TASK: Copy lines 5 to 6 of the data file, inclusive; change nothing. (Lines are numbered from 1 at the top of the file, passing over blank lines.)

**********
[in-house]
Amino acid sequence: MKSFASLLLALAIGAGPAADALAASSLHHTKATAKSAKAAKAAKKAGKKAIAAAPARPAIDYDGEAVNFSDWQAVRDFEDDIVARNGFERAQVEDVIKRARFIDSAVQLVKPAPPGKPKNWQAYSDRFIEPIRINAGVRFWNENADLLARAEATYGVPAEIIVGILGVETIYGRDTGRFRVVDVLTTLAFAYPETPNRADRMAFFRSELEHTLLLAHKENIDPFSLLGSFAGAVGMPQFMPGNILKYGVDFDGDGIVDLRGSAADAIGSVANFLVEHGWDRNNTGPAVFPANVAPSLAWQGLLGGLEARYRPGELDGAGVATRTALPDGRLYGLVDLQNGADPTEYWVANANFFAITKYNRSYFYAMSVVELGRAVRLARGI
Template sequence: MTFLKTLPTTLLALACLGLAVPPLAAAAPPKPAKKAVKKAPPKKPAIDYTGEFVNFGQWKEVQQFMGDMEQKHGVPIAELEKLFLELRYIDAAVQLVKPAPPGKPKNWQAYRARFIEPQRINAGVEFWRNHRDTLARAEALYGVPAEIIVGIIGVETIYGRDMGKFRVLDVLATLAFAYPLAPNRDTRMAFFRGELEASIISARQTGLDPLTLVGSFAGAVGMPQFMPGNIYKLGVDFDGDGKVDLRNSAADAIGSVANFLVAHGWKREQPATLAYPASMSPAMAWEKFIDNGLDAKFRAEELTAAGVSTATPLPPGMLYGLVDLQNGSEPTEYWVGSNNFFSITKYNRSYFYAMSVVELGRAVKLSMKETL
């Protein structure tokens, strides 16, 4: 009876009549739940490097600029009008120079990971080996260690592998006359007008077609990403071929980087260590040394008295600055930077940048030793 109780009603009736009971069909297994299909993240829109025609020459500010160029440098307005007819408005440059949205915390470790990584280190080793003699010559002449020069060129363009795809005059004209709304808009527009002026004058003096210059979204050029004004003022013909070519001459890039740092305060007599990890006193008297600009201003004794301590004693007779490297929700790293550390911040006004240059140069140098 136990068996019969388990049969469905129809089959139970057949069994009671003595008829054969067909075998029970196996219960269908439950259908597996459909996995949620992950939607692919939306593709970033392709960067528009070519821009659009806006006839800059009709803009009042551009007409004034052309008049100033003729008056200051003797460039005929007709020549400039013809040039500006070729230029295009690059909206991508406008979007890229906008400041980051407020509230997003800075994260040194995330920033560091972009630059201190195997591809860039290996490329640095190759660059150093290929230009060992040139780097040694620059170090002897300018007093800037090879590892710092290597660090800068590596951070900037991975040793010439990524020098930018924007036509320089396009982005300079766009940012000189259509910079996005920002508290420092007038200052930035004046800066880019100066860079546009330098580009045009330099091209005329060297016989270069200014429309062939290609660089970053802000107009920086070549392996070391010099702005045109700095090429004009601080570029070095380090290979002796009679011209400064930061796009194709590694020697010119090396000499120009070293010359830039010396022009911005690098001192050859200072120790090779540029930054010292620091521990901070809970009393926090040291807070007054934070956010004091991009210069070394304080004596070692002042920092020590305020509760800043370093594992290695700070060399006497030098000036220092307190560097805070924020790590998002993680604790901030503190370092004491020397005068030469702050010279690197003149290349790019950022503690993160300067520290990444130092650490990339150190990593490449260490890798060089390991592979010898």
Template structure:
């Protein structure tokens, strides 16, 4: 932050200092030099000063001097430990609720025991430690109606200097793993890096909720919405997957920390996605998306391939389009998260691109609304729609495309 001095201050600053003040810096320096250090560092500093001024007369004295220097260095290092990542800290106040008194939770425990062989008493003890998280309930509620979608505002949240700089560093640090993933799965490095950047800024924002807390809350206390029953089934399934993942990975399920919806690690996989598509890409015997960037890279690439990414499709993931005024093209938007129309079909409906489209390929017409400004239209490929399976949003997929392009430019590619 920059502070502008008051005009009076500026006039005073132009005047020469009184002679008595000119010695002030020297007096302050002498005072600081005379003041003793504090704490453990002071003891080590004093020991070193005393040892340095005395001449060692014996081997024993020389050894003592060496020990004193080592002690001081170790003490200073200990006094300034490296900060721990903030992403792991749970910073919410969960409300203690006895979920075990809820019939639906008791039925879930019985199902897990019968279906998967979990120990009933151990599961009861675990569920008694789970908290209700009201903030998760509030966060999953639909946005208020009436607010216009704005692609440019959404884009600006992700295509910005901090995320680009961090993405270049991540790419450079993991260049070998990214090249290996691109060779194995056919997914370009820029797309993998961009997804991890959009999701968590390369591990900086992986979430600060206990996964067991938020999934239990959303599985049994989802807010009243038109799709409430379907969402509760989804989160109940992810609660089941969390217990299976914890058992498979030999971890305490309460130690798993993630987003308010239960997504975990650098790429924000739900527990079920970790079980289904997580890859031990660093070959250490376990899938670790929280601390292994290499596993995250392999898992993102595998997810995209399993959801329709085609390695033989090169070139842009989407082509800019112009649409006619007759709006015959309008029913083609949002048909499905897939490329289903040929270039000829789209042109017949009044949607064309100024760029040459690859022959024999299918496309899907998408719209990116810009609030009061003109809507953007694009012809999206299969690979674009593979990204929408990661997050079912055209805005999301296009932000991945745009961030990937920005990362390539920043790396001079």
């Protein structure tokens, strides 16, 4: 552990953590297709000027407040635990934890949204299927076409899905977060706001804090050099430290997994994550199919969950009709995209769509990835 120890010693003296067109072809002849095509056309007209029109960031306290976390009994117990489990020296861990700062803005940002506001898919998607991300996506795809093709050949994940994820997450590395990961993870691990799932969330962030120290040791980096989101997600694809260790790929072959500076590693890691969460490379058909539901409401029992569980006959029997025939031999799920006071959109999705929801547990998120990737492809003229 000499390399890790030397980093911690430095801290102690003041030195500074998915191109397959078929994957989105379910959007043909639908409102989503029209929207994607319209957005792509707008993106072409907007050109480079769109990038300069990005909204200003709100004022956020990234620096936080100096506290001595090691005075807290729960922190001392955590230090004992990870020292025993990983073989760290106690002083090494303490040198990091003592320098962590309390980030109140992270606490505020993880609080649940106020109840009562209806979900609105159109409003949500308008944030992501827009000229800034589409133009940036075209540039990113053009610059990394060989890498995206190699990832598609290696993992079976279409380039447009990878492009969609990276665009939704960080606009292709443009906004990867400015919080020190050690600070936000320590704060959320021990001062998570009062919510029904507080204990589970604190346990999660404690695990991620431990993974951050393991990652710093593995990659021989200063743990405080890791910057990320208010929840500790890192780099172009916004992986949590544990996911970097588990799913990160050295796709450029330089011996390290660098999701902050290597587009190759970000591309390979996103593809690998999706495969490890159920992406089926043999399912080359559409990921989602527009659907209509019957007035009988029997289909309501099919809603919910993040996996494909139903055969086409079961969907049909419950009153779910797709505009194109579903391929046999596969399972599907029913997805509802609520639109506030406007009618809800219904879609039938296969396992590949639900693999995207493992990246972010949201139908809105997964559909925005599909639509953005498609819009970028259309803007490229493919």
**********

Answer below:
Template structure:
């Protein structure tokens, strides 16, 4: 932050200092030099000063001097430990609720025991430690109606200097793993890096909720919405997957920390996605998306391939389009998260691109609304729609495309 001095201050600053003040810096320096250090560092500093001024007369004295220097260095290092990542800290106040008194939770425990062989008493003890998280309930509620979608505002949240700089560093640090993933799965490095950047800024924002807390809350206390029953089934399934993942990975399920919806690690996989598509890409015997960037890279690439990414499709993931005024093209938007129309079909409906489209390929017409400004239209490929399976949003997929392009430019590619 920059502070502008008051005009009076500026006039005073132009005047020469009184002679008595000119010695002030020297007096302050002498005072600081005379003041003793504090704490453990002071003891080590004093020991070193005393040892340095005395001449060692014996081997024993020389050894003592060496020990004193080592002690001081170790003490200073200990006094300034490296900060721990903030992403792991749970910073919410969960409300203690006895979920075990809820019939639906008791039925879930019985199902897990019968279906998967979990120990009933151990599961009861675990569920008694789970908290209700009201903030998760509030966060999953639909946005208020009436607010216009704005692609440019959404884009600006992700295509910005901090995320680009961090993405270049991540790419450079993991260049070998990214090249290996691109060779194995056919997914370009820029797309993998961009997804991890959009999701968590390369591990900086992986979430600060206990996964067991938020999934239990959303599985049994989802807010009243038109799709409430379907969402509760989804989160109940992810609660089941969390217990299976914890058992498979030999971890305490309460130690798993993630987003308010239960997504975990650098790429924000739900527990079920970790079980289904997580890859031990660093070959250490376990899938670790929280601390292994290499596993995250392999898992993102595998997810995209399993959801329709085609390695033989090169070139842009989407082509800019112009649409006619007759709006015959309008029913083609949002048909499905897939490329289903040929270039000829789209042109017949009044949607064309100024760029040459690859022959024999299918496309899907998408719209990116810009609030009061003109809507953007694009012809999206299969690979674009593979990204929408990661997050079912055209805005999301296009932000991945745009961030990937920005990362390539920043790396001079």